Clonal Population of Adult Stem Cells: Life Span and Differentiation Potential
Adult stem cells derived from bone marrow, connective tissue, and solid organs can exhibit a range of differentiation potentials. Some controversy exists regarding the classification of mesenchymal stem cells as bona fide stem cells, which is in part derived from the limited ability to propagate true clonal populations of precursor cells. We isolated putative mesenchymal stem cells from the connective tissue of an adult rat (rMSC), and generated clonal populations via three rounds of dilutional cloning. The replicative potential of the clonal rMSC line far exceeded Hayflick’s limit of 50–70 population doublings. The high capacity for self-renewal in vitro correlated with telomerase activity, as demonstrated by telomerase repeat amplification protocol (TRAP) assay. Exposure to nonspecific differentiation culture medium revealed multilineage differentiation potential of rMSC clones. Immunostaining confirmed the appearance of mesodermal phenotypes, including adipocytes possessing lipid-rich vacuoles, chondrocytes depositing pericellular type II collagen, and skeletal myoblasts expressing MyoD1. Importantly, the spectrum of differentiation capability was sustained through repeated passaging. Furthermore, serum-free conditions that led to high-efficiency smooth muscle differentiation were identified. rMSCs plated on collagen IV-coated surfaces and exposed to transforming growth factor-β1 (TGF-β1) differentiated into a homogeneous population expressing α-actin and calponin. Hence, clonogenic analysis confirmed the presence of a putative MSC population derived from the connective tissue of rat skeletal muscle. The ability to differentiate into a smooth muscle cell (SMC) phenotype, combined with a high proliferative capacity, make such a connective tissue-derived MSC population ideal for applications in vascular tissue construction.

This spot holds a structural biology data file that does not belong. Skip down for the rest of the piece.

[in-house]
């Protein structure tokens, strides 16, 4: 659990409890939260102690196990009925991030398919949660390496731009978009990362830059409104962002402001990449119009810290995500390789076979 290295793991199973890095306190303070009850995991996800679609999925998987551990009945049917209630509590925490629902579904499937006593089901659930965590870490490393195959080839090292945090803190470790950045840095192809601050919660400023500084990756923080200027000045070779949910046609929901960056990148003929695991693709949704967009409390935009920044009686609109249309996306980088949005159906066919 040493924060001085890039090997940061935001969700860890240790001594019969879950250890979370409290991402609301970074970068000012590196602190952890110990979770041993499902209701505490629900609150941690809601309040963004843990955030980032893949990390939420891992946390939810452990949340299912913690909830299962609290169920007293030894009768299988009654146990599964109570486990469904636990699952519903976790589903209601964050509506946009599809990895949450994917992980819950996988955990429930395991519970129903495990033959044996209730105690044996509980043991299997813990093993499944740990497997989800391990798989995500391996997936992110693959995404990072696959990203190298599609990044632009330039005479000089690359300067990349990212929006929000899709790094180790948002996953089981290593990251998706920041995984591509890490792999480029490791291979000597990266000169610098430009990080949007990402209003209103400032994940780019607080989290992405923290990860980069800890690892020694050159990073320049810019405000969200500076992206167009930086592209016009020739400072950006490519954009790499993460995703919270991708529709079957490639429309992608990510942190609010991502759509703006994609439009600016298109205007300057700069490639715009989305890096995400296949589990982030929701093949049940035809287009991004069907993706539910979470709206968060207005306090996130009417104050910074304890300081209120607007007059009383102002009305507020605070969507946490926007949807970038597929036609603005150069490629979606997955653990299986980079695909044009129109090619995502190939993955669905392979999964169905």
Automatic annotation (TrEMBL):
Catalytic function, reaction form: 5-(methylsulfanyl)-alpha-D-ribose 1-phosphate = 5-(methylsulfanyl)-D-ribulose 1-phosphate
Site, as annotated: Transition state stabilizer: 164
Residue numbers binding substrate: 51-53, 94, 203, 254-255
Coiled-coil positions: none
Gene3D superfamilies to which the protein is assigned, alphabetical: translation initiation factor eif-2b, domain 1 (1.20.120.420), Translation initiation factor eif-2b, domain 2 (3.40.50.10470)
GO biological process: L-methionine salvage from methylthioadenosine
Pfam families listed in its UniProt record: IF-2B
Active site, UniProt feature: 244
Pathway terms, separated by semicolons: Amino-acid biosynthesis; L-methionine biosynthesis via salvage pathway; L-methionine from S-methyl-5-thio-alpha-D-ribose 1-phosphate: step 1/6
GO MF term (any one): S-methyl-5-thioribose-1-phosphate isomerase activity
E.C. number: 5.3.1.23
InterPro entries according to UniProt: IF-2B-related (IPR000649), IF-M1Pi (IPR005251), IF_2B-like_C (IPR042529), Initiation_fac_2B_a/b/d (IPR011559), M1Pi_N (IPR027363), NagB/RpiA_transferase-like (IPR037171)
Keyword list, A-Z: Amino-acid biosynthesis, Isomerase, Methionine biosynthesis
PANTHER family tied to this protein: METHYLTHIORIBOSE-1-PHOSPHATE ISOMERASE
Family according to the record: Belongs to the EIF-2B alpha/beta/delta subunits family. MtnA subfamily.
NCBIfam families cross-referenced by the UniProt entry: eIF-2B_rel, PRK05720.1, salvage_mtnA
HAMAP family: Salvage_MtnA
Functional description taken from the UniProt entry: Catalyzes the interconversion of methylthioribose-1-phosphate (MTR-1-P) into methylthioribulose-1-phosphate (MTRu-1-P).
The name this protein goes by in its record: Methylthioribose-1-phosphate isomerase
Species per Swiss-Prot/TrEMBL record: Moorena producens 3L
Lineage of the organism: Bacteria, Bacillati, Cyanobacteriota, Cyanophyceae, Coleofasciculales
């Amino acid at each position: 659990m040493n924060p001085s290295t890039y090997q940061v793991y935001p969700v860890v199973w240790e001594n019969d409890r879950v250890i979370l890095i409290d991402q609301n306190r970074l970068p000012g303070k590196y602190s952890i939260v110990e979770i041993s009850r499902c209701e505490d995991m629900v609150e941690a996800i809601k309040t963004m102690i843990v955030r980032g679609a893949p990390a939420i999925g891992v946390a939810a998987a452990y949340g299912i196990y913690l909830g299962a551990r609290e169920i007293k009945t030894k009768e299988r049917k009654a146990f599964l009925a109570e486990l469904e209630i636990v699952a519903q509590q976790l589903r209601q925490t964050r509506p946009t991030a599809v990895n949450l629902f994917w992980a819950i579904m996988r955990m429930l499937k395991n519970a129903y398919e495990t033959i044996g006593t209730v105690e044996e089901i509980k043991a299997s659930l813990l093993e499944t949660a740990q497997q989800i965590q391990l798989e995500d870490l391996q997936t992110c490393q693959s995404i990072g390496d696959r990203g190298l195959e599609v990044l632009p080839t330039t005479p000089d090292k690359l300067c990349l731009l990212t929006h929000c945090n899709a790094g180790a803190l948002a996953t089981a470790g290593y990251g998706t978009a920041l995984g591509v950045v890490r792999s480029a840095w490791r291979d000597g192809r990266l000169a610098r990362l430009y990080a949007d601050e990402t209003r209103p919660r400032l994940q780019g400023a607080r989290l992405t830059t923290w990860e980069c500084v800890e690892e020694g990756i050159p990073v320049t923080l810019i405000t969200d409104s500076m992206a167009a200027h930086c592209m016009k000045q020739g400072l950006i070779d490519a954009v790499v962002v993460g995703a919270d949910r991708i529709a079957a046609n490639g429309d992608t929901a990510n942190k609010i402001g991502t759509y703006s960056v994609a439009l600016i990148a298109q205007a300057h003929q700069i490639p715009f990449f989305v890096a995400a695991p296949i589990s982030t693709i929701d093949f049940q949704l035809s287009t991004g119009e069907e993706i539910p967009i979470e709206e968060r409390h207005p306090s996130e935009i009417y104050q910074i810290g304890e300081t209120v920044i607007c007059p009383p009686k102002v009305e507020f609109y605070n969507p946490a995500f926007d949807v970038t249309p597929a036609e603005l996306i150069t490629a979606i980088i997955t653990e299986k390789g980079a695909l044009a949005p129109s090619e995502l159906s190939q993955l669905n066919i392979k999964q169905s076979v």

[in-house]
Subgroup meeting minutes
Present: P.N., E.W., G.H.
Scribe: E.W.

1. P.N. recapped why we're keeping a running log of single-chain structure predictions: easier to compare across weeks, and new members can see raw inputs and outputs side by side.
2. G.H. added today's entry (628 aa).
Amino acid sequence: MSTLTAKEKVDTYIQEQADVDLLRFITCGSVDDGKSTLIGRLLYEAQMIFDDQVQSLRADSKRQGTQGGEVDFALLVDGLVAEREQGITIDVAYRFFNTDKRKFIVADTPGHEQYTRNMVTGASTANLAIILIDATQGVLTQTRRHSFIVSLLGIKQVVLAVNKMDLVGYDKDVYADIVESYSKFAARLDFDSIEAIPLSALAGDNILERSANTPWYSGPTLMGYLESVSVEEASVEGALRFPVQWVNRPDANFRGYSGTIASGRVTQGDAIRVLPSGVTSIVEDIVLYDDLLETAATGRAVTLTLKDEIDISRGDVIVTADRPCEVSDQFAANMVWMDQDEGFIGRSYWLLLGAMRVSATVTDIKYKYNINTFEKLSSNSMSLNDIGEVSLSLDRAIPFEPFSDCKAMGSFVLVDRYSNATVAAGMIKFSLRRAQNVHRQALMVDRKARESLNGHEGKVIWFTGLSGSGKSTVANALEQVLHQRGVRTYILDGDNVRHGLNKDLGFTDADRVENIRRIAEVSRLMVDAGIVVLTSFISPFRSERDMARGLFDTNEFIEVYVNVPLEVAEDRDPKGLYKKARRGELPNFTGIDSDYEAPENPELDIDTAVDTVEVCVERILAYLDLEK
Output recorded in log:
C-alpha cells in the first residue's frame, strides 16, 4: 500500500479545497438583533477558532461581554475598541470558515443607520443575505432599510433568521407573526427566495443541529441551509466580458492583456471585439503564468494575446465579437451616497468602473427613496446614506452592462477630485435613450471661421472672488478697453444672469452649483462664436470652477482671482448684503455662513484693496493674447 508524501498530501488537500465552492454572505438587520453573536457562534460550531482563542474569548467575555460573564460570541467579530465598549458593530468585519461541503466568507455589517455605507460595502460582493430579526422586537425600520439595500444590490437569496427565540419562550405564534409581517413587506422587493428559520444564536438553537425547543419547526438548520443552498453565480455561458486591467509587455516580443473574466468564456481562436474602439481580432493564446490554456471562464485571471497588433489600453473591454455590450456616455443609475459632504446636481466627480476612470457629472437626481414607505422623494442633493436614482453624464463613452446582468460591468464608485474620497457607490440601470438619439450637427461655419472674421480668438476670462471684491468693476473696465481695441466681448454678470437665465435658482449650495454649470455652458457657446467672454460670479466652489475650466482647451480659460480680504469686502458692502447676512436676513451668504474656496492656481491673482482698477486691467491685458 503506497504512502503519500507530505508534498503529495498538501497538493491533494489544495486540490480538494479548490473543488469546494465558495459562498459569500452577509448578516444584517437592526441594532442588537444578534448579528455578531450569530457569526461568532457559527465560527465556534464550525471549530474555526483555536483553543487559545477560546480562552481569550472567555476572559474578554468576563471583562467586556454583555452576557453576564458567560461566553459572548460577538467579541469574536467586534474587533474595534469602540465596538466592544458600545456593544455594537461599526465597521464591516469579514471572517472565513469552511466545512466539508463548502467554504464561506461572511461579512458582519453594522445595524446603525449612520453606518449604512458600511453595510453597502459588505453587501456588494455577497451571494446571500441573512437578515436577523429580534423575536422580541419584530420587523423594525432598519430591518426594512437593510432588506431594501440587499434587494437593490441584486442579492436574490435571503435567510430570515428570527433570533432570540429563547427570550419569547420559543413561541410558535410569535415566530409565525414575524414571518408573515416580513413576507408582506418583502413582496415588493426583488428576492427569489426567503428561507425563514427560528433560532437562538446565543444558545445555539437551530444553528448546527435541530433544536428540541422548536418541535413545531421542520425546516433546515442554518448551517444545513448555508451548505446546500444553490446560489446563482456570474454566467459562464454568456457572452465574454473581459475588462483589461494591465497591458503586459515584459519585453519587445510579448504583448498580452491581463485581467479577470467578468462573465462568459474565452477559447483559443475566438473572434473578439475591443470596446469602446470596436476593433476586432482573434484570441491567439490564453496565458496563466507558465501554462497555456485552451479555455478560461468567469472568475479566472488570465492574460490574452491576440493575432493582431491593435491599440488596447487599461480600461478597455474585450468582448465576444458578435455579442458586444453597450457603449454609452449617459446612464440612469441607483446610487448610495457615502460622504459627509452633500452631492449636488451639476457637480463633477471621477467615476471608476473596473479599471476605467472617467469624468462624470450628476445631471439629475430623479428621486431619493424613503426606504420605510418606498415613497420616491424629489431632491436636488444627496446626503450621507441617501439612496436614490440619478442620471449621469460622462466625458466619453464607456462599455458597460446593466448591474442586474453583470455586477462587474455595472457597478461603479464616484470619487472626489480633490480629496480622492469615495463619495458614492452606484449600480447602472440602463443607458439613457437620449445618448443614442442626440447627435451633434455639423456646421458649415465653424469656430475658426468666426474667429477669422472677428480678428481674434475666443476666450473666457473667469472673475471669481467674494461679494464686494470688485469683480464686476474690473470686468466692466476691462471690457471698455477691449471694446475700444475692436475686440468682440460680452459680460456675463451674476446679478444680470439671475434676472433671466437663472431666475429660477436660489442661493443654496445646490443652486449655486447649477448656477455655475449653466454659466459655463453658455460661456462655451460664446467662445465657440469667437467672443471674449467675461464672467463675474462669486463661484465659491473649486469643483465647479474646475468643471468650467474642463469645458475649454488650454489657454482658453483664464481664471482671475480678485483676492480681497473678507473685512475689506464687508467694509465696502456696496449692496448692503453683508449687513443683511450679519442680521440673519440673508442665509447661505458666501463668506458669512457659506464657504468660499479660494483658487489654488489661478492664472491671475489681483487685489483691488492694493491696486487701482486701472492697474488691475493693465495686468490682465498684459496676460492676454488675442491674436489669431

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Mesenchymal stem cell;
Smooth muscle cell
Document Type: Review Article
*Columbia University College of Physicians and Surgeons, New York, NY 10032
†Stanford University School of Medicine, Palo Alto, CA 94305
‡Department of Biomedical Engineering, Duke University, Durham, NC 27708
§Duke University Medical School, Durham, NC 27708
¶Departments of Basic Medical Sciences and Pediatrics, Mercer University School of Medicine, Macon, GA 31207
Publication date: 01 January 2004
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